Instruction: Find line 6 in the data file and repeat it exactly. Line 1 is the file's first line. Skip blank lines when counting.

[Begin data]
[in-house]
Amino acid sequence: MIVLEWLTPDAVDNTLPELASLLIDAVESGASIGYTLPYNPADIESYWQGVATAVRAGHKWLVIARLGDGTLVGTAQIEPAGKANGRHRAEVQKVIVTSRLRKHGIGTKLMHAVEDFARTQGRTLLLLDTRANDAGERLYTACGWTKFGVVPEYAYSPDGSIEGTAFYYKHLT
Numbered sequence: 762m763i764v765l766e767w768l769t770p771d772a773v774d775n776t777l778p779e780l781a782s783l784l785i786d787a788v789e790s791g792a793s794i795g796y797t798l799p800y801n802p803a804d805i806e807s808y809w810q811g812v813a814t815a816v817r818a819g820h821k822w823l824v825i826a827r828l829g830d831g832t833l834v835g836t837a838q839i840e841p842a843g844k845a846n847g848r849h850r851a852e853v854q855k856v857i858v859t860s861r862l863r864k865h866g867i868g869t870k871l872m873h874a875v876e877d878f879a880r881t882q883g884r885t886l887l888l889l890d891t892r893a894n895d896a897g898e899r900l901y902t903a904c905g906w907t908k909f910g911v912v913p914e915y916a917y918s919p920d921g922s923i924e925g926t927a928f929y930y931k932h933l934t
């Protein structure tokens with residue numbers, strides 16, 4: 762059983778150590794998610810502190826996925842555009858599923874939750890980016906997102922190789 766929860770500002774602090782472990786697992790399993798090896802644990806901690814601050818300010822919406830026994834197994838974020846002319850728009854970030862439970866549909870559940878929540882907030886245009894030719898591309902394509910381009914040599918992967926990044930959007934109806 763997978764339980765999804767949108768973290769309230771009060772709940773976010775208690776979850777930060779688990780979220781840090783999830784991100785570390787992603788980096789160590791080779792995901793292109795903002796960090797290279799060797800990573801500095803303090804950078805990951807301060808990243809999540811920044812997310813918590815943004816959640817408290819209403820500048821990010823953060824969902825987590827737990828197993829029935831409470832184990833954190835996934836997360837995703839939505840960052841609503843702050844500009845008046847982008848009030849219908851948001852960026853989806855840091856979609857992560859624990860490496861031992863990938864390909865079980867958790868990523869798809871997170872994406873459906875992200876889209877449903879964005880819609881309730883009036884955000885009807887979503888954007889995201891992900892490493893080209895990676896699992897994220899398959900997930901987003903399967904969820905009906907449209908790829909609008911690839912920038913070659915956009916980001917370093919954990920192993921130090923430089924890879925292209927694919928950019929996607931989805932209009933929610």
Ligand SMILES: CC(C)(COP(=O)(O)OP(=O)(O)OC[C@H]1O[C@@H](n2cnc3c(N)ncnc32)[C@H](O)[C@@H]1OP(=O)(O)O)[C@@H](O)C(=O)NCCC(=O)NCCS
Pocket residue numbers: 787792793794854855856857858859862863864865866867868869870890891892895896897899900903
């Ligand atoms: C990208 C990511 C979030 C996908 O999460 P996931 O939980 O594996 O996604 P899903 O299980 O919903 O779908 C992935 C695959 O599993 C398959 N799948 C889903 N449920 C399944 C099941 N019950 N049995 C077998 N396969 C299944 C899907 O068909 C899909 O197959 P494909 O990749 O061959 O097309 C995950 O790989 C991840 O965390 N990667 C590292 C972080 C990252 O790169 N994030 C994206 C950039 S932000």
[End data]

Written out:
Pocket residue numbers: 787792793794854855856857858859862863864865866867868869870890891892895896897899900903